In terms of narrative structure, Book Ninth marks a shift from the earlier chapters. Throughout the novel, there has been a narrative focus on Strether's consciousness, on what he is thinking. Conversations have played a limited role in supplying information. The conversations have offered details and "facts," but the combination of dishonesty and charades limited the value of the Parisian party talk. The Pococks have injected a note of seriousness into this Society. A narrative consequence is that the conversations are now more meaningful and revealing of information. Because the narrator does not reveal Sarah Pocock's thoughts, the conversations become all the more important, for Sarah is clearly the most powerful player in the "game."
Strether whines to Madame de Vionnet about "how much I have to judge." The irony is that Strether is no longer employed as 'ambassador;' he does not need to judge anything. Furthermore, he has judged improperly. He perceives that he has a task, but he does not understand what he is to do. Gostrey can only help Strether so much. If Strether gives Gostrey incorrect information, she cannot properly draw inferences.
Ultimately, Strether has misread the scene. He accepts the idea that the relationship between Chad and Madame de Vionnet "is too special and has gone too far," concluding that Chad sees in Madame de Vionnet, "a person he can never hope, short of a catastrophe, to marry." Chad takes measures to insure that he will not suffer a catastrophe. Indeed, the Americans are already beginning their retreat from the scene. Strether ought to interpret Chad's withdrawal as a submission to the inevitable. Unlike Strether, Chad prefers to accept the inevitable early on. Logically, it makes sense for him to choose the avenue where grace is offered. Strether declines the 'gracious' offers of the Newsome-Pocock family. In a sense, he is waiting to see what the inevitable will feel like.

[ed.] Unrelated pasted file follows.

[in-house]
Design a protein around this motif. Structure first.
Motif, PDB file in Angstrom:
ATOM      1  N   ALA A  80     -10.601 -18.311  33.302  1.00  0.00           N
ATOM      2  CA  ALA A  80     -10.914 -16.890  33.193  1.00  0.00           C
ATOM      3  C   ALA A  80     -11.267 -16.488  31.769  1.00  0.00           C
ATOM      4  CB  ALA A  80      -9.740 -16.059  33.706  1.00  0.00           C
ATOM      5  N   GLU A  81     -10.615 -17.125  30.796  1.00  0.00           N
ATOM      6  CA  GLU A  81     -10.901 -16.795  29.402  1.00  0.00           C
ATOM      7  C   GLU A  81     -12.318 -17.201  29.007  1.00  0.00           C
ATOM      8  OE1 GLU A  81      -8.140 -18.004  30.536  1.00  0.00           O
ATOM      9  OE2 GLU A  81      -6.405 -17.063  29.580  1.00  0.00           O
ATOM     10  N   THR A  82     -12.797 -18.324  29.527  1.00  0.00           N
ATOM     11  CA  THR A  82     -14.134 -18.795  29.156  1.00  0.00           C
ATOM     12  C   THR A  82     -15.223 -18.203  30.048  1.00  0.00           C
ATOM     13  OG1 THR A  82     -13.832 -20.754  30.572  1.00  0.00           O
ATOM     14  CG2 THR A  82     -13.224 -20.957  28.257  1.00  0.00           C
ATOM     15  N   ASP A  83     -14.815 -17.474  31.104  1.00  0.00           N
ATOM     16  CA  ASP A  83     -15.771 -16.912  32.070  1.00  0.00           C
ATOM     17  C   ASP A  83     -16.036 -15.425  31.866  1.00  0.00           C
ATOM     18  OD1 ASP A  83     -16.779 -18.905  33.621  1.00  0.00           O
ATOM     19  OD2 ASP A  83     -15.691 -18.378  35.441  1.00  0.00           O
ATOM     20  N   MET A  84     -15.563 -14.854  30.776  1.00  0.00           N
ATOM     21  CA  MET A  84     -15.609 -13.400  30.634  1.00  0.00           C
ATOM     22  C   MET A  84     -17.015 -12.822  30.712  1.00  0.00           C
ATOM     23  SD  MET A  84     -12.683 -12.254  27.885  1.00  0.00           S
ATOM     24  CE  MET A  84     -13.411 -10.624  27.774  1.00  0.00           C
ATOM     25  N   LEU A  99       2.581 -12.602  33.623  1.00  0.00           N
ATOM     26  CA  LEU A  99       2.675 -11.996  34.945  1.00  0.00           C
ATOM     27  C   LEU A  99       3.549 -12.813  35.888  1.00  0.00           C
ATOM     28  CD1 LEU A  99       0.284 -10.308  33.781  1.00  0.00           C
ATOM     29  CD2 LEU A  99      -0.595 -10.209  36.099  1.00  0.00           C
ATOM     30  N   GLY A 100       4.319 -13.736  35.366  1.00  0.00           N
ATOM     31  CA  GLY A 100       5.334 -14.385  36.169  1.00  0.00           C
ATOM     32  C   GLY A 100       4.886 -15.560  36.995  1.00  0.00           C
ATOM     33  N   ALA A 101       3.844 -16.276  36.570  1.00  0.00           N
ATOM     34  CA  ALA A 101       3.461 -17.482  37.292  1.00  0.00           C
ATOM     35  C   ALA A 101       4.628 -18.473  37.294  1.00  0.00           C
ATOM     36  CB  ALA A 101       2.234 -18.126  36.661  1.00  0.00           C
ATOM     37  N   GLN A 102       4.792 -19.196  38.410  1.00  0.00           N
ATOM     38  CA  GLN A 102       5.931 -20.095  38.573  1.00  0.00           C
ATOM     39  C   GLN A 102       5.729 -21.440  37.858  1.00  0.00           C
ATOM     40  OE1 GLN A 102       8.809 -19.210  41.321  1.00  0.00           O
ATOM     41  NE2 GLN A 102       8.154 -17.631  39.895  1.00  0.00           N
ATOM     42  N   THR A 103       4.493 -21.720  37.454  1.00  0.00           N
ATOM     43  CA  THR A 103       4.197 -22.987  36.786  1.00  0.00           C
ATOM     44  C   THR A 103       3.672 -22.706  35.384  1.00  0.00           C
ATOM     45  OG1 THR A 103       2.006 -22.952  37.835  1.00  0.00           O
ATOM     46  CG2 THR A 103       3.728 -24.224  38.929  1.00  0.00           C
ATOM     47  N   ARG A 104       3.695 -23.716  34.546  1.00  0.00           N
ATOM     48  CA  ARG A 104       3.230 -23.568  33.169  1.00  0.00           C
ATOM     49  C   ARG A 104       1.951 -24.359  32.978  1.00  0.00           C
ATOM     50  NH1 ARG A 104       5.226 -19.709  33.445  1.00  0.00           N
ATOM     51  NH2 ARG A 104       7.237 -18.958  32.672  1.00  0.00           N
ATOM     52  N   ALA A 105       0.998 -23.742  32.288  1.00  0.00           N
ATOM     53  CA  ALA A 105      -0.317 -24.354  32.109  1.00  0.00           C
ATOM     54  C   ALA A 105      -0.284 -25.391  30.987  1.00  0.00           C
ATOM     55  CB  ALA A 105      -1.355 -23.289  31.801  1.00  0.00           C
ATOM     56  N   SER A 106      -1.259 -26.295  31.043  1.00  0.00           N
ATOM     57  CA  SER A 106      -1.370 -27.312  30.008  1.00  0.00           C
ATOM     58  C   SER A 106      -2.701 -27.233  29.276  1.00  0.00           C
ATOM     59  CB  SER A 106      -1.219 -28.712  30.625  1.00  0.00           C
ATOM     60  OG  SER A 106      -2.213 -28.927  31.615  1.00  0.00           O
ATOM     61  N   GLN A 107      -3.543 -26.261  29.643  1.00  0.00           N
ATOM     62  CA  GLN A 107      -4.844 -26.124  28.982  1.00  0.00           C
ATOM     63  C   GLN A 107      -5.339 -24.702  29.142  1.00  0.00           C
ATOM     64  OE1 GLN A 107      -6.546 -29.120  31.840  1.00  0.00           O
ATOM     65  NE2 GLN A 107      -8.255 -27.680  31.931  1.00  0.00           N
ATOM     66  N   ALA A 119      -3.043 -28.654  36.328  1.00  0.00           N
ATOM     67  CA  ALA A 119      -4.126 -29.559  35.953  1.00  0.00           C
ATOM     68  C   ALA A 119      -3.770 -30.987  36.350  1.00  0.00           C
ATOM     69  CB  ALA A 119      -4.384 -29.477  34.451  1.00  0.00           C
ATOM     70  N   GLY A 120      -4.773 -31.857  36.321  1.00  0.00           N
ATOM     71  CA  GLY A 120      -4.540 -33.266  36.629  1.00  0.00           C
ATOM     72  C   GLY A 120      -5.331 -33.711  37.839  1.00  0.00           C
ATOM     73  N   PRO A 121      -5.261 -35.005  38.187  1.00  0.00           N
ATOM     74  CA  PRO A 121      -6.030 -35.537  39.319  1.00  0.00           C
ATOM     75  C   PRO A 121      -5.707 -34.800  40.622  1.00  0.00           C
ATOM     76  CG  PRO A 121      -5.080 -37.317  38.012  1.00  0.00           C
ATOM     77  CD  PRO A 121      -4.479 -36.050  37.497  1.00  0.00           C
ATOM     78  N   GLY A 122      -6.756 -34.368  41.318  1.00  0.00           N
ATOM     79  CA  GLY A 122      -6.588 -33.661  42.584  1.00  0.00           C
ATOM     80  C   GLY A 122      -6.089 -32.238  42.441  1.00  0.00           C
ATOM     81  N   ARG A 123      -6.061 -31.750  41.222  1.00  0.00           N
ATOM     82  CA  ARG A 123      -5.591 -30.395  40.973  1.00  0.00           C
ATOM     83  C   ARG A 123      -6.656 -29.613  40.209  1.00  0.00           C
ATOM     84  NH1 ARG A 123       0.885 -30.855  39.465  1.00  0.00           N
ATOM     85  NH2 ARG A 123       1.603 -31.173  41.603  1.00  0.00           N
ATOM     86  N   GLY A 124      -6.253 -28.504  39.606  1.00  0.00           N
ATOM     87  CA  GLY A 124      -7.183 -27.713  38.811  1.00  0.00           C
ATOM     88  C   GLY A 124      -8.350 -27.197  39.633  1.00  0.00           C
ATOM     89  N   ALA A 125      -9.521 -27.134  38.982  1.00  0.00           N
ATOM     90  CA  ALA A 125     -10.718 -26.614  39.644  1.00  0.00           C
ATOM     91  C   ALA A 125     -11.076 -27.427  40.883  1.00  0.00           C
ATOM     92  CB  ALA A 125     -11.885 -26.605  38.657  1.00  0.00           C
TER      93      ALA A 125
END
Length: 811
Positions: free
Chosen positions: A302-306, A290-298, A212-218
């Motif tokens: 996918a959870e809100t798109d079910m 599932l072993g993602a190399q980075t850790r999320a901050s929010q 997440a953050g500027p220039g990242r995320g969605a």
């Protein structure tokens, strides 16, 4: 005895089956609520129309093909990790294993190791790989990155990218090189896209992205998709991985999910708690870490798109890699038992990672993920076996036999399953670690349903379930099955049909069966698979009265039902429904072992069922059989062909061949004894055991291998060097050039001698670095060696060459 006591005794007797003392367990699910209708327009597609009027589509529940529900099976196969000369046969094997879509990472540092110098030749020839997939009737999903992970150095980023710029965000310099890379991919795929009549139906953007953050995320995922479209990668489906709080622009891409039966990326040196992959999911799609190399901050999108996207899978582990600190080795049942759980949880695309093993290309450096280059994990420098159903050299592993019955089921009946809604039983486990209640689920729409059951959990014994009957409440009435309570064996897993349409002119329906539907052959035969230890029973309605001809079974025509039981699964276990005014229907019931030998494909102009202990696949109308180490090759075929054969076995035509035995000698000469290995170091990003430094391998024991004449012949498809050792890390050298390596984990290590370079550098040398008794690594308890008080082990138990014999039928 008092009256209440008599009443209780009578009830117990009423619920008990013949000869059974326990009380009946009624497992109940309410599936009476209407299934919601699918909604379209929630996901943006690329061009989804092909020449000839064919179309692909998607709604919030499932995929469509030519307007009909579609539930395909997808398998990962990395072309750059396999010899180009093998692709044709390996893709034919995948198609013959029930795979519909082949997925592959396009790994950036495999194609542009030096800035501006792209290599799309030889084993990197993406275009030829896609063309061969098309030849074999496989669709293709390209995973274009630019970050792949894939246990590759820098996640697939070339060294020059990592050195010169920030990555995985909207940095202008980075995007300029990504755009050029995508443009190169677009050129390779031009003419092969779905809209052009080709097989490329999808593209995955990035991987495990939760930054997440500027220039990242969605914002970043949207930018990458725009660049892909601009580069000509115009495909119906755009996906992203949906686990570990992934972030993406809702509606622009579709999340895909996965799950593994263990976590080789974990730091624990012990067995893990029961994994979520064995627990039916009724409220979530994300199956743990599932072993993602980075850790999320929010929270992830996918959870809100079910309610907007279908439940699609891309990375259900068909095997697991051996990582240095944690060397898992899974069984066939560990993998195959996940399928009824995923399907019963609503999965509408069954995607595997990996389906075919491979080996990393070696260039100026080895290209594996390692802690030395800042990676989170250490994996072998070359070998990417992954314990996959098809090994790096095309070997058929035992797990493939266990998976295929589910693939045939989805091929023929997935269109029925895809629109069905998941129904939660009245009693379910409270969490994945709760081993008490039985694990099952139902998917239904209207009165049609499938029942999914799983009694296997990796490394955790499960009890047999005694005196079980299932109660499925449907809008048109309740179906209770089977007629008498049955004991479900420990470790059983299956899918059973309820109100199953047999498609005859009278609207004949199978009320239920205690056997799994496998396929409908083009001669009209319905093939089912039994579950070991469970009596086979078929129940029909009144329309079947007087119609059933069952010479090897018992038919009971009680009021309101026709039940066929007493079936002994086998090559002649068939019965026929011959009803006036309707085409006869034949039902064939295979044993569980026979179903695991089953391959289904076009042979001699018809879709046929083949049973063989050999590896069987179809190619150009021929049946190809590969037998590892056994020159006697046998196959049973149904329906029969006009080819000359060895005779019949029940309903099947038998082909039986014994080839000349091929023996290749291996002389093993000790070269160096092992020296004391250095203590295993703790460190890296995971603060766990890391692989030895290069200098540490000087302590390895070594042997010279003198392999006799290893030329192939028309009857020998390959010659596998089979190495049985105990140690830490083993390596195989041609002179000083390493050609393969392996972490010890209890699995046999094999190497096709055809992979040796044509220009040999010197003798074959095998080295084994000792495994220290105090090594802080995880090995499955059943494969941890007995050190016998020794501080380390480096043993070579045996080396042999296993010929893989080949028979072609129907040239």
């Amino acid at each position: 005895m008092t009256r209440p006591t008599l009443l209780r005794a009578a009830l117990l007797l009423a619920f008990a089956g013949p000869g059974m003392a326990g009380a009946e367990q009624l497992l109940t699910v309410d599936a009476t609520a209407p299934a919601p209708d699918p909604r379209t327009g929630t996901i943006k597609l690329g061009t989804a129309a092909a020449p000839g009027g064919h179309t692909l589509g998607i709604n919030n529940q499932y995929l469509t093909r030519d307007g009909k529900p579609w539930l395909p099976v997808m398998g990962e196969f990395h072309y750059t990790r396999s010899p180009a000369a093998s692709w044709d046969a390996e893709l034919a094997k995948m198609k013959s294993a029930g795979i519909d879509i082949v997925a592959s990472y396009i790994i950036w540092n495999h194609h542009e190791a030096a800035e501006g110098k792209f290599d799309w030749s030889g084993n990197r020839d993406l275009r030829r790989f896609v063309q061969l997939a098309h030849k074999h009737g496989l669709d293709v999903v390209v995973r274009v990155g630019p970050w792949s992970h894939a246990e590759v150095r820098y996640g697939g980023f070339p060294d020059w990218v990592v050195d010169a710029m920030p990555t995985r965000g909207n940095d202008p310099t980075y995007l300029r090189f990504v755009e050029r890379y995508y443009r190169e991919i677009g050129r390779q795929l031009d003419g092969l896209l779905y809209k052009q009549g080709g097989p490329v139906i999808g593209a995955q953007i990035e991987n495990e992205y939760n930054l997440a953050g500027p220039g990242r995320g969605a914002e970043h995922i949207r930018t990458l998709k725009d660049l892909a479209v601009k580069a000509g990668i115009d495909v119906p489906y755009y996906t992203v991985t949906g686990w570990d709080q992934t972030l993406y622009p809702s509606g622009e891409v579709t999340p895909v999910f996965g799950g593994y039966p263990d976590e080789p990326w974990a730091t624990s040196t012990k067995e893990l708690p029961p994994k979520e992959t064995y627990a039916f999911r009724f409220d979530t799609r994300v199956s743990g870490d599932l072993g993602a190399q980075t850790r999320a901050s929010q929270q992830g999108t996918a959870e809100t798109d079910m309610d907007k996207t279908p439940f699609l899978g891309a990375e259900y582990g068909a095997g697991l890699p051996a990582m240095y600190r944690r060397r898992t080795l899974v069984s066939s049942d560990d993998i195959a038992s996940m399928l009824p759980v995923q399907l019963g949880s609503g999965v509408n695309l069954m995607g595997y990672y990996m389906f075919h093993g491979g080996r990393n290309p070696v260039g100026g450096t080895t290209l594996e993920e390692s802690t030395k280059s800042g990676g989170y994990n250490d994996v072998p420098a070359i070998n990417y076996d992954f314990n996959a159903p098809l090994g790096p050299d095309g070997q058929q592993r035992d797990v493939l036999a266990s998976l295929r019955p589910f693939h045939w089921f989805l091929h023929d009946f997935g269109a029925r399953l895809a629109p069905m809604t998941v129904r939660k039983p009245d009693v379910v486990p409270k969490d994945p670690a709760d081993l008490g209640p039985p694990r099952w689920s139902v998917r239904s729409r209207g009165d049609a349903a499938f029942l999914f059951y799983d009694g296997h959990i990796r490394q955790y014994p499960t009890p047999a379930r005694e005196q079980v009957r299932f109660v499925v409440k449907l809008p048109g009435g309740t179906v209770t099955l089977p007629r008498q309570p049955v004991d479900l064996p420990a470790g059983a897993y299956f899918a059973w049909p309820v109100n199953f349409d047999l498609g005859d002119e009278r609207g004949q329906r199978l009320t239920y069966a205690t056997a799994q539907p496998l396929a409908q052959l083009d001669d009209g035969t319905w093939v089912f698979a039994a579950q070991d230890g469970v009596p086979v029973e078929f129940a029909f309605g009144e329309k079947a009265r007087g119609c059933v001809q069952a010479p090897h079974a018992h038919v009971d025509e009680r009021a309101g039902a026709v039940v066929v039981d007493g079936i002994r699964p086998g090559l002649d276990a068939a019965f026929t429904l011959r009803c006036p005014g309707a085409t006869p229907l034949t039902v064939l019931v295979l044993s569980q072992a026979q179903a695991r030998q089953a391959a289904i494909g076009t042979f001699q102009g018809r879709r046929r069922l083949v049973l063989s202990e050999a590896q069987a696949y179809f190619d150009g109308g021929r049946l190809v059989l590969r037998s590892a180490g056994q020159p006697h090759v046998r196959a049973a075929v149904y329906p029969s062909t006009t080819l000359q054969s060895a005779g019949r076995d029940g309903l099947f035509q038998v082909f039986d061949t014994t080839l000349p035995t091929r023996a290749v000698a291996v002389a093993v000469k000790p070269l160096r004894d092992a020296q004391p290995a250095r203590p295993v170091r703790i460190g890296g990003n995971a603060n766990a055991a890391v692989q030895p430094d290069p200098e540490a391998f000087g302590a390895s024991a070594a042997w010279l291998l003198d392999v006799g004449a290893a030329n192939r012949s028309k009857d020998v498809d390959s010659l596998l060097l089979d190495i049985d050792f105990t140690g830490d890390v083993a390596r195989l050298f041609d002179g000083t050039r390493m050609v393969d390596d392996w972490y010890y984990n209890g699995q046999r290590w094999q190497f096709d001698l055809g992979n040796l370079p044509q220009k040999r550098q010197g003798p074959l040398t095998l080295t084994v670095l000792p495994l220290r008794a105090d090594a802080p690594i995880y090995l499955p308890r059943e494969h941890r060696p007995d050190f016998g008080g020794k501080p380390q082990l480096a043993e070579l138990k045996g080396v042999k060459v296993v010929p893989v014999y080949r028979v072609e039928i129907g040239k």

Strether's actions make little sense, on surface. In a subtle sense, Strether is a man who has been deprived of adventure. He states later that he simply wants to find out whether he can survive the "smash" which is inevitable, should he remain in the wrong. Strether sees that he is "drowning" and is passive, desiring to know whether he is strong enough to let himself sink. The paradox is that Strether's suffering is unnecessary and of no value. He will not be medaled nor rewarded for staying true to his failed romantic ideal.